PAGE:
She also wrote another hymn, one that is very well known, “Will the Circle Be Unbroken.”

But let’s leave that hymn for another time.

Right now, or perhaps before you turn the light out tonight, let the hymn and the words of your sister Ada, and the voices of the Capitol Hill Baptist congregation, encourage your soul in the gospel, and in your Savior.  Enjoy.

The Rhythm of Preaching

Friday is for Heart Songs

Attentive audience 2
A few weeks ago I had the opportunity to sit down with a fellow preacher and friend, Colin Smith of the Orchard Church in Arlington Heights. I so appreciate Colin for his passion but also for his skill in preaching. He is doing a significant amount of training and equipping of young preachers now and I am aspiring to do the something similar in our smaller context in Watseka.

For me it is going back to my roots in some ways. In what seems like a lifetime ago, during a six year period when I was between the age of 25-32, I had the privilege of teaching preaching in a seminary in California.

I was in over my head.
I was not academically qualified.
I was inexperienced.

But, in the sovereign plan of God, I was in the right place, at the right time and was given the opportunity to use my spiritual gift of teaching and through that time, found my calling to be a pastor. [And how that all came about is a story for another time.]

Those who don’t preach wonder what we preachers do all week, and those who do preach, wonder how God could use us week to week. Preaching is a humbling exercise when it is done right. For four years, from 2008-2011, I did not preach on a regular week by week basis. Then in the summer of 2011 a friend asked me to preach for him while he took a two month sabbatical. Through that experience I learned how much I missed “the rhythm of preaching.”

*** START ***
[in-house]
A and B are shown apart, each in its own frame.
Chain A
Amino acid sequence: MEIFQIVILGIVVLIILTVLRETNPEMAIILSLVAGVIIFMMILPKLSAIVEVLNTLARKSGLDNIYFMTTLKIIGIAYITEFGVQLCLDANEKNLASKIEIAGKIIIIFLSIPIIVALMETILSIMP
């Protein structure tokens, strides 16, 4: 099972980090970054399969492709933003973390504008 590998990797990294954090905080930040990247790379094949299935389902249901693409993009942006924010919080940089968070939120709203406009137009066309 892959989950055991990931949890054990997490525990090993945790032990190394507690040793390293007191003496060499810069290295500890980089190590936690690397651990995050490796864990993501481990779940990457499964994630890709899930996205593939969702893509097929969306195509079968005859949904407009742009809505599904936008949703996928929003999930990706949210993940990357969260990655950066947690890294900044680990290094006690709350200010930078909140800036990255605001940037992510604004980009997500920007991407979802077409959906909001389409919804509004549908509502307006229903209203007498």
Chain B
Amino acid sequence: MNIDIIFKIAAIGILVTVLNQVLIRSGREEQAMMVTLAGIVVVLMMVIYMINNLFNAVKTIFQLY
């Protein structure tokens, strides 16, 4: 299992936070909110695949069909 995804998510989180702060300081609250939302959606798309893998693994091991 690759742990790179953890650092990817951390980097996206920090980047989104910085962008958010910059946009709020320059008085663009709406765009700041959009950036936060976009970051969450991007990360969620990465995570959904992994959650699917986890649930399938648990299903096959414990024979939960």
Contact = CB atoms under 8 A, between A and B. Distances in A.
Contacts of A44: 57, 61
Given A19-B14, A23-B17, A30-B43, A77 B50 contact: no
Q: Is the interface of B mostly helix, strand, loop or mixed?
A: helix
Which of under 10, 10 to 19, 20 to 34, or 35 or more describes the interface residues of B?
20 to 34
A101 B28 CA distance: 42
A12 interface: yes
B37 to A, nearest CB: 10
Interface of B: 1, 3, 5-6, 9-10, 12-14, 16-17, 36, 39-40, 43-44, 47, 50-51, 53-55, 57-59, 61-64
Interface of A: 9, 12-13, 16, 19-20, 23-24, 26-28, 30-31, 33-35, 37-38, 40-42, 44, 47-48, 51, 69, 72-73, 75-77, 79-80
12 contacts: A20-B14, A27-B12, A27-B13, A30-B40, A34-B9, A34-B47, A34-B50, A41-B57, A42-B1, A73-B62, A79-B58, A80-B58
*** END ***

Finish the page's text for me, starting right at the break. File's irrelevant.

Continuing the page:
The rhythm of preaching I am referring to is the weekly grind of pouring over the language, and grammar, and history, and context, of a portion of God’s word and having the Spirit of God rake your own soul over the white-hot-heat of His holiness. And as the preacher studies and prays his way through the text the Spirit deepens and broadens not just his understanding, but his passion.  Out of that deepened passion and understanding comes the ability to speak with power and authority to others and gives the experience in the congregation of having heard not from a man but from God.

attentive audieneBut there is till another part of the process that is almost incomprehensible to those who have not preached themselves. The congregation helps the preacher learn even more about the text in the dynamic interplay of their own prayers and their involvement in the process. Their attentive listening, their need and desire for the truth spurs him on to deeper dependence upon God’s Spirit.

Every preacher has the same experience. As they preach and look at particular faces and responses and because they know particular needs of members, God brings to mind other connections, other texts, other illustrations, other applications that changes every message.